Home » Technology News » 2012 » February » February 20

Technology News on February 20, 2012

3-year-old boy world's first to survive being born with heart outside body
A boy in US, who was born with his heart outside his body, is world's first child to survive under such circumstances. ANI

Structural changes observed in brain during learning
A new study has revealed details of how brain circuits are rewired during the formation of new motor memories. ANI

Pulsars can help detect gravitational waves
Astronomers are using pulsars, superdense neutron stars, throughout our Milky Way Galaxy as a giant scientific instrument to directly detect gravitational waves. ANI

Promising novel therapeutic target for cancer identified
After years of studying the molecular bases of glioblastoma - the most common brain tumour and one of the most aggressive of all cancers - scientists have identified a new therapeutic target for the fatal disease. ANI

Chemically modified graphene could lead to flexible electronics
Researchers have come a step closer in creating faster, thinner, flexible electronics with the development of a new method for chemically altering graphene. ANI

Alaskan ice reveals human impact on global carbon cycle
Glacial ice has provided scientists new clues as to how the Earth's remote ecosystems have been influenced by the industrial revolution. ANI

Now, 'intelligent advert' that relay messages according to your gender
A street advert that scans a reader's face before tailoring its message to men or women is to be unveiled on a bus stop in London's Oxford Street this week. ANI

Extreme cellphone obsession may lead to psychological problem
If your worry about whether you'll lose your phone becomes a reoccupation or interferes with your daily life, you may have a psychological or pathological roblem, a psychologist has warned. ANI

Fermi telescope unveils gamma-ray bursts' highest power side
The Fermi Gamma-Ray Space Telescope has recorded the ighest energy portion of the gamma-ray bursts, which last for a few seconds. ANI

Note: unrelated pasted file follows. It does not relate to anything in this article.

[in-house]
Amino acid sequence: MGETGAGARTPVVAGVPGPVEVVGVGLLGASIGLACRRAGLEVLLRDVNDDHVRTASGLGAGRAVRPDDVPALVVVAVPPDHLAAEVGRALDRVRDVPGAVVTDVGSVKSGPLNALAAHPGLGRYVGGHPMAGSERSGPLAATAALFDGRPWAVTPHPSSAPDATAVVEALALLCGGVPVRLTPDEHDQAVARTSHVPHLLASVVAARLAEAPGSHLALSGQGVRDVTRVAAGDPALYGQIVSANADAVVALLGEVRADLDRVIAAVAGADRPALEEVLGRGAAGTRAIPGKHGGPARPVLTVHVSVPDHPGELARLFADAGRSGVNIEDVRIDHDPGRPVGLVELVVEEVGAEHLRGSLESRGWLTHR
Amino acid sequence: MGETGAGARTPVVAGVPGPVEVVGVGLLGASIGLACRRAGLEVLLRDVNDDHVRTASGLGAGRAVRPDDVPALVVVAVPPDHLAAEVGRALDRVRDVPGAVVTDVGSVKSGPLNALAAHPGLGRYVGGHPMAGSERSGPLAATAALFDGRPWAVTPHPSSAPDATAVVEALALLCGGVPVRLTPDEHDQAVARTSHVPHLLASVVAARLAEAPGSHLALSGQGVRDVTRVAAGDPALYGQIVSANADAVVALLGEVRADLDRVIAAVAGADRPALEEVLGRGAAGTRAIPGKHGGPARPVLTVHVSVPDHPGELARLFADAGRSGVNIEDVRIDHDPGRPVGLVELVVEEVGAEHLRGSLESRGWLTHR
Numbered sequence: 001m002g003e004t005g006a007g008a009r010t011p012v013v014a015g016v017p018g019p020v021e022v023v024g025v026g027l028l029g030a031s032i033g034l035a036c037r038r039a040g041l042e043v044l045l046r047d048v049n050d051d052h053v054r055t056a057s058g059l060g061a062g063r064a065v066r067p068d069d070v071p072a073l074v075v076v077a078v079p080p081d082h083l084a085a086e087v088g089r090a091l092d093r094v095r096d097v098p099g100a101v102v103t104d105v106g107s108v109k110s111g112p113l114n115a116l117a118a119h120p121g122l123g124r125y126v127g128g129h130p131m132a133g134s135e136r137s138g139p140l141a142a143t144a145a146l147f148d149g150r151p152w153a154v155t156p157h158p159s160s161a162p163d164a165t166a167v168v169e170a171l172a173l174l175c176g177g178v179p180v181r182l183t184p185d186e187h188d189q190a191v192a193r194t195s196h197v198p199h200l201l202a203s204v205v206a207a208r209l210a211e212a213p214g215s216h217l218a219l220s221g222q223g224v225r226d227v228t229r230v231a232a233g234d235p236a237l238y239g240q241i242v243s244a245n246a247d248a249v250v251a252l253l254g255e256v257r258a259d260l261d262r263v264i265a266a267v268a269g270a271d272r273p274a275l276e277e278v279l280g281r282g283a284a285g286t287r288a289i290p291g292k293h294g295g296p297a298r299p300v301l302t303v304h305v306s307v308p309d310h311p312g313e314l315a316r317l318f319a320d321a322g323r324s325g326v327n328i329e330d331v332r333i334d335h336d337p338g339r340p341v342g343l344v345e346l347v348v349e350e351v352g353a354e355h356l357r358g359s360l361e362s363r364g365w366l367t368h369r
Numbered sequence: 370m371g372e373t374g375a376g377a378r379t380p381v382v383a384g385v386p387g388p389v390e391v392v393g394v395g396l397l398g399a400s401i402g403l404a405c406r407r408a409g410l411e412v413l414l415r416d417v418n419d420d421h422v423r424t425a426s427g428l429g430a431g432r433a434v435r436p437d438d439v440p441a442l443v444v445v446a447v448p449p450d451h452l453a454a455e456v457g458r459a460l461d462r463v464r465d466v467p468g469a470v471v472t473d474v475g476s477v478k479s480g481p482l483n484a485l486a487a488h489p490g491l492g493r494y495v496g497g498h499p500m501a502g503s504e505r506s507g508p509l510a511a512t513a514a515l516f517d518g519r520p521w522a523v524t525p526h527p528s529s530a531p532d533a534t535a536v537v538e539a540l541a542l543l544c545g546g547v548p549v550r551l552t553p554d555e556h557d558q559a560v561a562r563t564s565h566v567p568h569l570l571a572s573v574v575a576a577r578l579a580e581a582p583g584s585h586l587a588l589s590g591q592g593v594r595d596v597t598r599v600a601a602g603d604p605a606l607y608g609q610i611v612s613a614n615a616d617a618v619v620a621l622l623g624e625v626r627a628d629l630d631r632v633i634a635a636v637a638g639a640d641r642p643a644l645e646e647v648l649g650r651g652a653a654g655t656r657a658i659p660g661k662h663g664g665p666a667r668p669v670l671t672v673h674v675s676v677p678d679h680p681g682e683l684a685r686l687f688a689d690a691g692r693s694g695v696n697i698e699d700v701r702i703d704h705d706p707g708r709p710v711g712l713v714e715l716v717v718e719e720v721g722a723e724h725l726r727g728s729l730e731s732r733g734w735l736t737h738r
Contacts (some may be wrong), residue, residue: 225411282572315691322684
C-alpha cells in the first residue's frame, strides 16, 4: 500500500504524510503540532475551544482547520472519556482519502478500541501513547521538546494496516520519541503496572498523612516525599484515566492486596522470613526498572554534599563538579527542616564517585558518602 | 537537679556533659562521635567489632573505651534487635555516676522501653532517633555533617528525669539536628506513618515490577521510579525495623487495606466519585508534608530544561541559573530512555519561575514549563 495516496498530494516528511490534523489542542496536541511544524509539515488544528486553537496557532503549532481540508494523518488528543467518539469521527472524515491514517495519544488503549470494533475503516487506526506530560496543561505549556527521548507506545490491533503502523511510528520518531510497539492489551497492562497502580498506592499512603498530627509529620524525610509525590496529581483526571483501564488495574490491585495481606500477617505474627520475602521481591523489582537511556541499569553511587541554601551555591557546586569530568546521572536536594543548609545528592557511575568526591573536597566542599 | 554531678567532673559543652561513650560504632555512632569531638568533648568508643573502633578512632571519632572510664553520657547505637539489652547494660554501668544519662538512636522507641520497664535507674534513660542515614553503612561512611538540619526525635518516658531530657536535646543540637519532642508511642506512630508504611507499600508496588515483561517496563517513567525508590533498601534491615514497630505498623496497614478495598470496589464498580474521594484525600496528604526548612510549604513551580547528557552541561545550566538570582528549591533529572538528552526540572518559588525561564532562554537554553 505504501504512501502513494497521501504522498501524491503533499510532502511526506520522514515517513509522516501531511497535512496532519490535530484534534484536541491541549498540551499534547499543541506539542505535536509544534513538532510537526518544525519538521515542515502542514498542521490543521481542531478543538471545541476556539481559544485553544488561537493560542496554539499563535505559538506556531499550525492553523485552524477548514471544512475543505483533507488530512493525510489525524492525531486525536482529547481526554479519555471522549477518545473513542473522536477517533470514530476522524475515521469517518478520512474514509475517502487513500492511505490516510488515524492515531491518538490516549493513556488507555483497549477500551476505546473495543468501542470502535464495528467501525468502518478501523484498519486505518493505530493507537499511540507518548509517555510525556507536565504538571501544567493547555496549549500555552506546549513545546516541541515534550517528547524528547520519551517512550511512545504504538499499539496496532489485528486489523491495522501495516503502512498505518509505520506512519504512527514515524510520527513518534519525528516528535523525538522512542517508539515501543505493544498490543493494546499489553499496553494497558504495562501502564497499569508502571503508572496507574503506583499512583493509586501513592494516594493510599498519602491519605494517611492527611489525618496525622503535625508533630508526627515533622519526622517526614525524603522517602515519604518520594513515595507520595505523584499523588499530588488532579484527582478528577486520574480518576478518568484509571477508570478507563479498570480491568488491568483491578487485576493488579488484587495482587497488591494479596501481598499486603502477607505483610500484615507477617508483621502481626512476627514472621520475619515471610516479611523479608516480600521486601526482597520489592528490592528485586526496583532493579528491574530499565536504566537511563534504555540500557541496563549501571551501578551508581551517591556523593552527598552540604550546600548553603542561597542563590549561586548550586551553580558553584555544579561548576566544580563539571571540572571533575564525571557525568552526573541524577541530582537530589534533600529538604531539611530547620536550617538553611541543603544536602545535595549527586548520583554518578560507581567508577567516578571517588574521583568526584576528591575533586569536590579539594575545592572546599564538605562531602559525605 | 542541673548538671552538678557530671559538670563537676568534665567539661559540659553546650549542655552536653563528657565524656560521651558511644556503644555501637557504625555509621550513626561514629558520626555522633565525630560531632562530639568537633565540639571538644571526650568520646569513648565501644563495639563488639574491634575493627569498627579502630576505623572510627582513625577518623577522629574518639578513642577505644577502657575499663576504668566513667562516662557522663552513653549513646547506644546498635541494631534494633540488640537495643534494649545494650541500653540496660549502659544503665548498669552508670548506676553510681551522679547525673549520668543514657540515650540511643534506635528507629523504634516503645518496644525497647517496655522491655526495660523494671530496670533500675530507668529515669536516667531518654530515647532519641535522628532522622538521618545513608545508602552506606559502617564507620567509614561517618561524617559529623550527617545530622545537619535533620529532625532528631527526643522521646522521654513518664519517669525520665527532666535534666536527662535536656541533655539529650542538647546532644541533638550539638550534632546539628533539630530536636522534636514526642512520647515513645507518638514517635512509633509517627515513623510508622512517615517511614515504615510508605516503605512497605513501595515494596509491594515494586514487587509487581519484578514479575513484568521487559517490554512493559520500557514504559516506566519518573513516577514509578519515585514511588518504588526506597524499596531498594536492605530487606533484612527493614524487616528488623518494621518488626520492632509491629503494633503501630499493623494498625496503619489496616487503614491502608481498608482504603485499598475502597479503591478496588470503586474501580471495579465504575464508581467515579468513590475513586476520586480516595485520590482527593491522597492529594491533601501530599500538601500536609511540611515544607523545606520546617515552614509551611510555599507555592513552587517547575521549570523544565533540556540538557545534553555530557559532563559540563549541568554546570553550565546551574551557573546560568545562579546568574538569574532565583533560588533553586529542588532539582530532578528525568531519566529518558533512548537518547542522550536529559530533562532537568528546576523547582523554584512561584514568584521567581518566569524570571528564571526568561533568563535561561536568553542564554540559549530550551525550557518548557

We can learn lessons from Vikings to adapt to global change
History can teach us how best to respond to climate change, conomic turmoil and cultural upheaval, which seems to be pressing concerns of today, cientists have suggested. ANI

'Faulty' fat sensor may be behind obesity and liver disease
A new study has suggested that defects in a protein, which functions as a dietary fat sensor, may be responsible for obesity and liver disease. ANI

Common malaria drug can enhance anti-cancer activity of chemotherapy
An Indian-origin scientist has revealed that adding hydroxychloroquine (HCQ) - an FDA-approved drug used commonly for malaria and rheumatoid arthritis - to many cancer therapies, including chemotherapy, targeted therapy, radiation, and immunotherapy, can enhance the antitumor activity of these drugs in laboratory models of treatment-resistant cancers, and ongoing clinical trials. ANI

Soon, driverless cars will zoom in streets with no stoplights
Traffic red lights will soon be a history, says a computer scientist who is developing virtual intersection systems for fully autonomous vehicles. ANI

'Deadly' carbon monoxide may help prevent fetal death, miscarriage
In a new study, researchers in Germany have found that low dose carbon monoxide therapy is able to restore placental function and prevent fetal death in mice, without any detrimental effects. ANI

Turing's 'Tiger stripes' theory proved right
Providing the first experimental evidence, King's College London scientists have confirmed a great British mathematician's theory of how biological patterns, such as tiger stripes or leopard spots, are formed. ANI

'Perfect' single-atom transistor brings quantum computer closer to reality
Physicists have created a working transistor consisting of a single atom placed precisely in a silicon crystal, making a remarkable feat in micro-engineering. ANI

Comment on this story